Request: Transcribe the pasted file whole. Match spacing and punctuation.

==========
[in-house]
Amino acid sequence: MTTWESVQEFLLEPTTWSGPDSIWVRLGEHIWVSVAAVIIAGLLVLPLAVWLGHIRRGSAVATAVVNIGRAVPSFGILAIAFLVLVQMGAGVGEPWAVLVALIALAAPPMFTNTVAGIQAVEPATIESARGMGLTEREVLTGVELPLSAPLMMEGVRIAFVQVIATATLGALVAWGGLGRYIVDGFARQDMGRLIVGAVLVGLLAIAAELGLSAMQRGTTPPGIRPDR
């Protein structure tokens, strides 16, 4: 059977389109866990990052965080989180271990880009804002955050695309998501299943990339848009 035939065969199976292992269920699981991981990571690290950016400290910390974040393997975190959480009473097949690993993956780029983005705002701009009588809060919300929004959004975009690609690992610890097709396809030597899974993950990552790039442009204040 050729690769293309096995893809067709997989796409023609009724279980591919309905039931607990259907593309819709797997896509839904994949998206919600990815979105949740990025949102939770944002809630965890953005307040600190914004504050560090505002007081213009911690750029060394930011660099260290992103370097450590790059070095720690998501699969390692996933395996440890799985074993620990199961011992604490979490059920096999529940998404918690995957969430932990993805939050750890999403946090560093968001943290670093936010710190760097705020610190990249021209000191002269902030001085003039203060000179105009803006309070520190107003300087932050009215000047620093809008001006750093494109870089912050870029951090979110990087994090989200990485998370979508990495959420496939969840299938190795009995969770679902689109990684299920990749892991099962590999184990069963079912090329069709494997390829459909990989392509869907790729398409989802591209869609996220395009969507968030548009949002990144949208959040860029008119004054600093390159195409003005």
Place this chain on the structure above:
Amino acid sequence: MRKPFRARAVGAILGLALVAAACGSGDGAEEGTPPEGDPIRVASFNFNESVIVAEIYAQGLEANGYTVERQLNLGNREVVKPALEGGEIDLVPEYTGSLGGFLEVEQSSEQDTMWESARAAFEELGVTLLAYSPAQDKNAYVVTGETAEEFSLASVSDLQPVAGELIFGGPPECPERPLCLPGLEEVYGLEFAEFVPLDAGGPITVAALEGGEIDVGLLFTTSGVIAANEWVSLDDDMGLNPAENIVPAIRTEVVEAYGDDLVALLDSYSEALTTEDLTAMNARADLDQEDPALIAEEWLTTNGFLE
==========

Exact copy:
[in-house]
Amino acid sequence: MTTWESVQEFLLEPTTWSGPDSIWVRLGEHIWVSVAAVIIAGLLVLPLAVWLGHIRRGSAVATAVVNIGRAVPSFGILAIAFLVLVQMGAGVGEPWAVLVALIALAAPPMFTNTVAGIQAVEPATIESARGMGLTEREVLTGVELPLSAPLMMEGVRIAFVQVIATATLGALVAWGGLGRYIVDGFARQDMGRLIVGAVLVGLLAIAAELGLSAMQRGTTPPGIRPDR
């Protein structure tokens, strides 16, 4: 059977389109866990990052965080989180271990880009804002955050695309998501299943990339848009 035939065969199976292992269920699981991981990571690290950016400290910390974040393997975190959480009473097949690993993956780029983005705002701009009588809060919300929004959004975009690609690992610890097709396809030597899974993950990552790039442009204040 050729690769293309096995893809067709997989796409023609009724279980591919309905039931607990259907593309819709797997896509839904994949998206919600990815979105949740990025949102939770944002809630965890953005307040600190914004504050560090505002007081213009911690750029060394930011660099260290992103370097450590790059070095720690998501699969390692996933395996440890799985074993620990199961011992604490979490059920096999529940998404918690995957969430932990993805939050750890999403946090560093968001943290670093936010710190760097705020610190990249021209000191002269902030001085003039203060000179105009803006309070520190107003300087932050009215000047620093809008001006750093494109870089912050870029951090979110990087994090989200990485998370979508990495959420496939969840299938190795009995969770679902689109990684299920990749892991099962590999184990069963079912090329069709494997390829459909990989392509869907790729398409989802591209869609996220395009969507968030548009949002990144949208959040860029008119004054600093390159195409003005």
Place this chain on the structure above:
Amino acid sequence: MRKPFRARAVGAILGLALVAAACGSGDGAEEGTPPEGDPIRVASFNFNESVIVAEIYAQGLEANGYTVERQLNLGNREVVKPALEGGEIDLVPEYTGSLGGFLEVEQSSEQDTMWESARAAFEELGVTLLAYSPAQDKNAYVVTGETAEEFSLASVSDLQPVAGELIFGGPPECPERPLCLPGLEEVYGLEFAEFVPLDAGGPITVAALEGGEIDVGLLFTTSGVIAANEWVSLDDDMGLNPAENIVPAIRTEVVEAYGDDLVALLDSYSEALTTEDLTAMNARADLDQEDPALIAEEWLTTNGFLE